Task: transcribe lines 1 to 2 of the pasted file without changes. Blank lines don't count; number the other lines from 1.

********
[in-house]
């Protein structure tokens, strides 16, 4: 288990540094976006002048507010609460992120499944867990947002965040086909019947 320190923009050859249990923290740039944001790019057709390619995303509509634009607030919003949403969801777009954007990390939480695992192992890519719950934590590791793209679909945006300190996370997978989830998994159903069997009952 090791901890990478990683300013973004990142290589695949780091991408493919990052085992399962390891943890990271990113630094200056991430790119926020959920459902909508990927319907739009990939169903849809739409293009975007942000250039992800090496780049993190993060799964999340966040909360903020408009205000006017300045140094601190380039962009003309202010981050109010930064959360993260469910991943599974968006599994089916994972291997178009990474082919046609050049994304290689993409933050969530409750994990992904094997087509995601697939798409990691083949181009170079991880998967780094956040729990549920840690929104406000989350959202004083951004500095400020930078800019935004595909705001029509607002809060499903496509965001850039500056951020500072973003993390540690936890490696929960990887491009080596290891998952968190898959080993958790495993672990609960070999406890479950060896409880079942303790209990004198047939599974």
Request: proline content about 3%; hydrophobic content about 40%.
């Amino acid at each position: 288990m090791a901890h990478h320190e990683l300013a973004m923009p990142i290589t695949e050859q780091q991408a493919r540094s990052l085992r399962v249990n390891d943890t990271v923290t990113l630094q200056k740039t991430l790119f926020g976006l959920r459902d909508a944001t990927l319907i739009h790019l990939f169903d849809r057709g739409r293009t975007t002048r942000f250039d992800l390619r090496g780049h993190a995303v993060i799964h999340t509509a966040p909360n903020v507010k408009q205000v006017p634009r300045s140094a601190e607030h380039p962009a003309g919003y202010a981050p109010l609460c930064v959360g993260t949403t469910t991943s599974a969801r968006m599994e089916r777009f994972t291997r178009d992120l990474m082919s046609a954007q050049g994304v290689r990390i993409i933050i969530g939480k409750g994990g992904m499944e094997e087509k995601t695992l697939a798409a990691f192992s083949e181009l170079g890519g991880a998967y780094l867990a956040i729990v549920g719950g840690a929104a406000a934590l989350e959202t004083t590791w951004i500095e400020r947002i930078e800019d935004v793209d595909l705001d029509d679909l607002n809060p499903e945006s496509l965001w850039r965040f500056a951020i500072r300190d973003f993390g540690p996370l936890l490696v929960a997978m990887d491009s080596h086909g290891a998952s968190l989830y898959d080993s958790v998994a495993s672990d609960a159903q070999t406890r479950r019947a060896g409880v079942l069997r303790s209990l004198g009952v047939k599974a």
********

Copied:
[in-house]
């Protein structure tokens, strides 16, 4: 288990540094976006002048507010609460992120499944867990947002965040086909019947 320190923009050859249990923290740039944001790019057709390619995303509509634009607030919003949403969801777009954007990390939480695992192992890519719950934590590791793209679909945006300190996370997978989830998994159903069997009952 090791901890990478990683300013973004990142290589695949780091991408493919990052085992399962390891943890990271990113630094200056991430790119926020959920459902909508990927319907739009990939169903849809739409293009975007942000250039992800090496780049993190993060799964999340966040909360903020408009205000006017300045140094601190380039962009003309202010981050109010930064959360993260469910991943599974968006599994089916994972291997178009990474082919046609050049994304290689993409933050969530409750994990992904094997087509995601697939798409990691083949181009170079991880998967780094956040729990549920840690929104406000989350959202004083951004500095400020930078800019935004595909705001029509607002809060499903496509965001850039500056951020500072973003993390540690936890490696929960990887491009080596290891998952968190898959080993958790495993672990609960070999406890479950060896409880079942303790209990004198047939599974």